- The research project hopes to provide, ‘enhanced understanding of fundamental social dynamics, to model the evolution of linguistic communities, and emerging modes of collective expression, over time and across countries’.
- The archive will be created from publicly available messages, comments, and posts between January 7th, 2014 and December 12th, 2016.
Sectigo respond to Chronicle’s report on abused certificates signed by their company
- Following Chronicle’s study on signed malware registered on VirusTotal scanning service over a year period, Sectigo decided to follow with their own investigation on the abused certificates. Sectigo discovered that the majority of abused certificates that Chronicle found to be issued by them had expired, were revoked, or were duplicates. These accounted for 90% of the certificates that were attributed to Sectigo.
Twitter based disinformation in European parliamentary elections investigated
- Researchers at F-Secure and journalists from Yle launched an investigation into the prominence of misinformation and fake accounts on twitter.
- Researchers identified two linked accounts, NewsCompact and PartisanDE, which showed signs of inorganic engagement. Both accounts published factually inaccurate stories, moreover, in the run up to the EU elections, both accounts were in the top three most engaged accounts in the EU election conversation space.
- Tweets authored by these accounts had very high engagement from new accounts, 200 of which were created two days prior to the publication of the research. Researchers allege that NewsCompact and PartisanDE showed unrealistic engagement rates and suggest that these accounts were purchasing retweets and followers.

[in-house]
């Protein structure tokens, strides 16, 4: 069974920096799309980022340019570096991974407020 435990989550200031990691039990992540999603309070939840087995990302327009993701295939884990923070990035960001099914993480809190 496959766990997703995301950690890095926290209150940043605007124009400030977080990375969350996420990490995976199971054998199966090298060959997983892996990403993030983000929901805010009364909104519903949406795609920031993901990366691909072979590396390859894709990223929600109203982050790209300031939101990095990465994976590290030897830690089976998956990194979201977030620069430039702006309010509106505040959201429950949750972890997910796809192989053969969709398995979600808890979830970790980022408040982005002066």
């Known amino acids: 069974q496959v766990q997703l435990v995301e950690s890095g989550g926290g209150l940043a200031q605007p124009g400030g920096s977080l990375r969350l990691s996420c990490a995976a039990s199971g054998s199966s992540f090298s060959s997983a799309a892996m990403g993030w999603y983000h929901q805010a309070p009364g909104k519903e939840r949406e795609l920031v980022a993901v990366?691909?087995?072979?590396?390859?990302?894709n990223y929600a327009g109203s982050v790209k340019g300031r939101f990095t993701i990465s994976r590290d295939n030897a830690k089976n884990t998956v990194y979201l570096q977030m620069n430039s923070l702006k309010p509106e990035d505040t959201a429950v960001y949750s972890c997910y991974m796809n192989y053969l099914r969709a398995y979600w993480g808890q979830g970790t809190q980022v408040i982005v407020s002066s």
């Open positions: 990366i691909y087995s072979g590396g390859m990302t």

NSA’s EternalBlue malware linked with Baltimore attack
- The New York Times reported that a key component of the malware that was used to target Baltimore was EternalBlue. EternalBlue was developed by the NSA and leaked in April 2017 by an unidentified group calling itself the Shadow Brokers.
- EternalBlue allows attackers to exploit a vulnerability in unpatched software that allows malware to spread faster and further.
UK firms lose over £1bn to attacks on IoT
- Research conducted by Irdeto shows that UK organisations in transport, manufacturing and health have lost on average £224,000 in IoT attacks. Over half of respondents reported that they had suffered downtime as a result of attacks and 41% stated that customer data had been compromised.
- Moreover, 28% of organisations reported that cyber attacks had compromised end-user safety.
Instagram bans social media company Chtrbox following data leak
- Instagram has revoked the access of an Indian media marketing company after an investigation was undertaken into how the personal details of some of its users were found in an unprotected database online. The number of affected users was first reported at 49 million, however, the database contained only 350,000 records.
- The exposed data included email addresses, phone numbers, and other data that was not initially believed to be public. Most of the data, however, was already made public. Despite this, Chtrbox’s scraping of information from social media profiles still violates Instagram’s platform policies.
The Silobreaker Team Disclaimer: Although Silobreaker has relied on what it regards as reliable sources while compiling the content herein, Silobreaker cannot guarantee the accuracy, completeness, integrity or quality of such content and no responsibility is accepted by Silobreaker in respect of such content. Readers must determine for themselves what reliance they should place on the compiled content herein.